In an otherwise excellent assessment of the current world scenario, the FT speculated in its Saturday edition that Ivanka Trump might become World Bank president. I don’t think that will happen. The other shareholders would be well-advised not to permit such nepotism. After all, the consensus to date has been the bank must promote good governance and fight corruption. And yes, it matters that Ivanka Trump’s husband Jared Kushner is deeply involved in some of the scandals hounding the White House.  

Consensus and past agreements among shareholders are actually very important. The World Bank does not simply obey the orders of its top leader. Power within the Bank ultimately resides with the board that represents shareholders. Whoever becomes the next World Bank president, he or she will only be able to introduce the kind of gradual change with which most governments can be comfortable. U-turns on issues like climate change are extremely unlikely.

In my opinion, the other shareholder governments would now be well advised to drag their feet on appointing Kim’s successor. For the time being, Kristalina Georgieva, the former EU commissioner who became Kim’s chief-executive officer, will lead the Bank as interim president. Slowing down the selection process will serve to reduce chaos. The background is that, while Trump excels in disrupting international affairs, he has not shown any ability to build something new. Indeed, his foreign policy is mostly erratic and definitely lacks coherence. I’ll just give two examples: 

- If Trump were really keen on isolating Iran, he would not withdraw US troops from Syria. The withdrawal will considerably enhance Iranian power in the region after all.

- If he was serious about endorsing national sovereignty internationally as opposed to supranational cooperation, he would be offering some kind of support to a post-Brexit Britain. In real life, Prime Minister Theresa May has made the experience that he is not a helpful ally.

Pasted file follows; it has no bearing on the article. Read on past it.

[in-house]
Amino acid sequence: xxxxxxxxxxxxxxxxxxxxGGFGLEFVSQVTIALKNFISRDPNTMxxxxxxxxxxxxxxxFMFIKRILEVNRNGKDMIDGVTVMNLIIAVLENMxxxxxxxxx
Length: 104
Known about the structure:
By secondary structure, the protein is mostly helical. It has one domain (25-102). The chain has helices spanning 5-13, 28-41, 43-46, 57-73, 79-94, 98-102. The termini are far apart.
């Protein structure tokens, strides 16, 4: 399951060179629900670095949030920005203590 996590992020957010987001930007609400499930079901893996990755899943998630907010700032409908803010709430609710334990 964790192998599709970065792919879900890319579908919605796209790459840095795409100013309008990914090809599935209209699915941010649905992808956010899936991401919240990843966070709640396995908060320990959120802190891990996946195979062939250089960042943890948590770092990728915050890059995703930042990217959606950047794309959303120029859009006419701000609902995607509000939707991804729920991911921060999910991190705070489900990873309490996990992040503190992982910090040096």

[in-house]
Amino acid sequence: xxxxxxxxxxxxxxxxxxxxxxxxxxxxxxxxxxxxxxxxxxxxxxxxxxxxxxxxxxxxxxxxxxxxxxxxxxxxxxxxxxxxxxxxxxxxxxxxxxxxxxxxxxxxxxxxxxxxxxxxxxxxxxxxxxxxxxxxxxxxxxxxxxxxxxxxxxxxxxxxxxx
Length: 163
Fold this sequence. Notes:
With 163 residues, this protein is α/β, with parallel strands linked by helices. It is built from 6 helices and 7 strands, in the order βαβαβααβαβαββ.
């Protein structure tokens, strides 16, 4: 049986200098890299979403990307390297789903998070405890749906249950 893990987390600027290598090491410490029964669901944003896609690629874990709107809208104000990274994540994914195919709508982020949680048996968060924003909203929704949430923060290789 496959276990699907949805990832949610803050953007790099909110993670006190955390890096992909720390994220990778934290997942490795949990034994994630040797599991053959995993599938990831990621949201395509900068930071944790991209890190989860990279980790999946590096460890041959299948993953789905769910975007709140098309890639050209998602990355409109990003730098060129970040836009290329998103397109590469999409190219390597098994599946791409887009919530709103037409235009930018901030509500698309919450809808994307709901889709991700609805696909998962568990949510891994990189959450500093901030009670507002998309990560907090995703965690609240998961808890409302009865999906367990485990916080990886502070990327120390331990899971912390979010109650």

P.S.: I’m old enough to remember the time when US President George W. Bush tried to redirect the World Bank by pushing through Paul Wolfowitz, one of the masterminds of his Iraq war, to become World Bank president. He was controversial from the start, and never managed to impose his neoconservative worldview on the Bank. The executive board never trusted him, and forced him to resign in scandal because of favouritism and an inappropriate sexual relationship with a staff member. 

Robert Zoellick became the next World Bank president, and the other shareholders were comfortable with him. His approach was multilateral, and he did his best to involve the People’s Republic of China in World Bank affairs. His relations with Beijing were good, but European shareholders were unwilling to concede as much influence as demanded. The result was that China invited other countries to found another multilateral development bank. Most European World BanK shareholders ended up joining the Asian Infrastructure Investment Bank (AIIB), which is based in Beijing, but the USA did not. President Obama considered it a tool of Chinese foreign policy. 

How the two multilateral institutions will get along in the long run remains to be seen. That important shareholders, including Germany, are involved in both is an indication that competition may not turn out as harsh as some observes in Washington predict today – but I am not going to assess that issue in this blogpost.